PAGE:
Maybe unintended consequences are more common than methodically accomplished goals. I went to Scotland for a vacation. I didn’t go to write a book, though I am an author. I didn’t go to produce a photo exhibit, though I am an artist. I was on a vacation, but being an author and an artist, I did take along a notepad and pen, and a camera. Welcome to the book. Welcome to the photos. Welcome to the unexpected.
The product of the notepad became the book, Walking Thinking Drinking Across Scotland, which is where a lot of my energy has been invested. You’re probably already aware of it. Reading engages imagination, and no book can describe every moment and every image.
The product of the camera was a series of about 100 photos, each with a story, but there’s usually a story sitting just outside the frame.
Writing and photography are two means of communication for me. That’s why I was glad to incorporate the photos into the book.
Reality strikes. The photos in the kindle version were formatted to a strict interpretation of the submission guidelines. They have marvelous color, but are the size of postage stamps. The photos in the paperback are a proper size, but could only be printed in black and white for that format. But the reality of the trip, the lesson I learned, and the consequence of publishing is that perfections will exist.
Authors have an easier time than photographers when dealing with imperfections. My memories, filtered through time and inattentiveness, can be written into the notebook’s gaps. The words are only limited by the English language, the writer’s creativity, and the publisher’s word count. The images I remember but didn’t photograph can’t be recovered. A photographer is limited by the equipment they carry. That’s why so many walk around like camera stores, with lenses, filters, backup cameras, tripods, flashes, and bad backs.
I carried my old digital point and shoot, a camera that probably captures fewer pixels than the cameras in most phones. It satisfied the artistic itch, and more.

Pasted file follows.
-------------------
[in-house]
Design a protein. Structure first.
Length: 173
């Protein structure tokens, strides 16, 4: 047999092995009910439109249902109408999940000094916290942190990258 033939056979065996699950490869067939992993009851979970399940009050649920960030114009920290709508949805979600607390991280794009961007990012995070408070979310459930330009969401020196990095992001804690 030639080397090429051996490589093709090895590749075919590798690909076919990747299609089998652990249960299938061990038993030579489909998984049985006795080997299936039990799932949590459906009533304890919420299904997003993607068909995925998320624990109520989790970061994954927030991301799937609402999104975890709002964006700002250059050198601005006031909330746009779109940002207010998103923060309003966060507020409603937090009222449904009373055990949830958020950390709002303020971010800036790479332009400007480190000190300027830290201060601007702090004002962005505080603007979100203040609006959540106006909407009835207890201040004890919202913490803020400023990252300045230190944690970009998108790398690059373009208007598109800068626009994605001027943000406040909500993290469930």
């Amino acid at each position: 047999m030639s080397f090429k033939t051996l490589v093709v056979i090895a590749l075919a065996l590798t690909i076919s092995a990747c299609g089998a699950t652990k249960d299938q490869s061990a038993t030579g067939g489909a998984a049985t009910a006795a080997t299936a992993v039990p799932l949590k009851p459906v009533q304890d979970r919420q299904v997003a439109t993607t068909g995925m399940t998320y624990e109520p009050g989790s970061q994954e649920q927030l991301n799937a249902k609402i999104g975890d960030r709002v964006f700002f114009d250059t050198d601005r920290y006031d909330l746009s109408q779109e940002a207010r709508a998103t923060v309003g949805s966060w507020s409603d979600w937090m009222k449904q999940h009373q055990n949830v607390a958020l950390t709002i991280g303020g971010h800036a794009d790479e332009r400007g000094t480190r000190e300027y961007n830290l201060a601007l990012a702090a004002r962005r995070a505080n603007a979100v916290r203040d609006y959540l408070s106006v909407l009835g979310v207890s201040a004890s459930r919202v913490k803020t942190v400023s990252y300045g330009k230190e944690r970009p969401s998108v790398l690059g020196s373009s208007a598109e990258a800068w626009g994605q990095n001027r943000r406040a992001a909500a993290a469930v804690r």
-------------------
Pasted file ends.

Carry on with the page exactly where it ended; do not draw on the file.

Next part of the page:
It may be heresy, but simple cameras can work well, if the photographer doesn’t ask them to do too much. Fancier cameras help with low light, or extreme closeups, or incredible detail; but, if the only parts of Scotland worth looking at were incredibly detailed extreme closeups in low light then Scotland wouldn’t be a much of a place to visit. No place would. Scotland has those images, but it also has the classic landscapes, still lives, and vignettes that fit the story of memory. And in the case of my book, fit the story of the story.
There are photos with each chapter, but there are dozens more. That’s one reason to do slideshows. That’s one reason to have them available online. If you’ve read the book, see how well the photos match the chapters. You may spot the photos taken during a rare spot of sun on a day that I described s dreary. You may find photos that tell stories that didn’t end up in the book. (You’re welcome to quiz me about them.) I’ve made a small online gallery of the ones that I consider the best. I’d be honored and pleased if you bought any that resonated with you.
My point and shoot did better than I expected. And, yes, there were those days when I wished I’d carried a tripod, an extra lens, and had more time. Even with minimalist equipment: “My camera got a workout. My progress slowed as I set myself against trees and walls to steady otherwise shaky shots in the low light. I could’ve spent the entire day photographing one lane with a few gnarled trees.” Imagine how long my trip would’ve taken if I brought, and had to carry, all of that extra gear. Three weeks to cross Scotland? I’ve been known to spend spend twelve months around one bay. I’d still be there. Which, come to think of it, isn’t such a bad idea. I wonder if I can get a job there.
I also wonder if I’ll sell so many books that I can go back for a real vacation. Let’s see, will I take more or less than last time?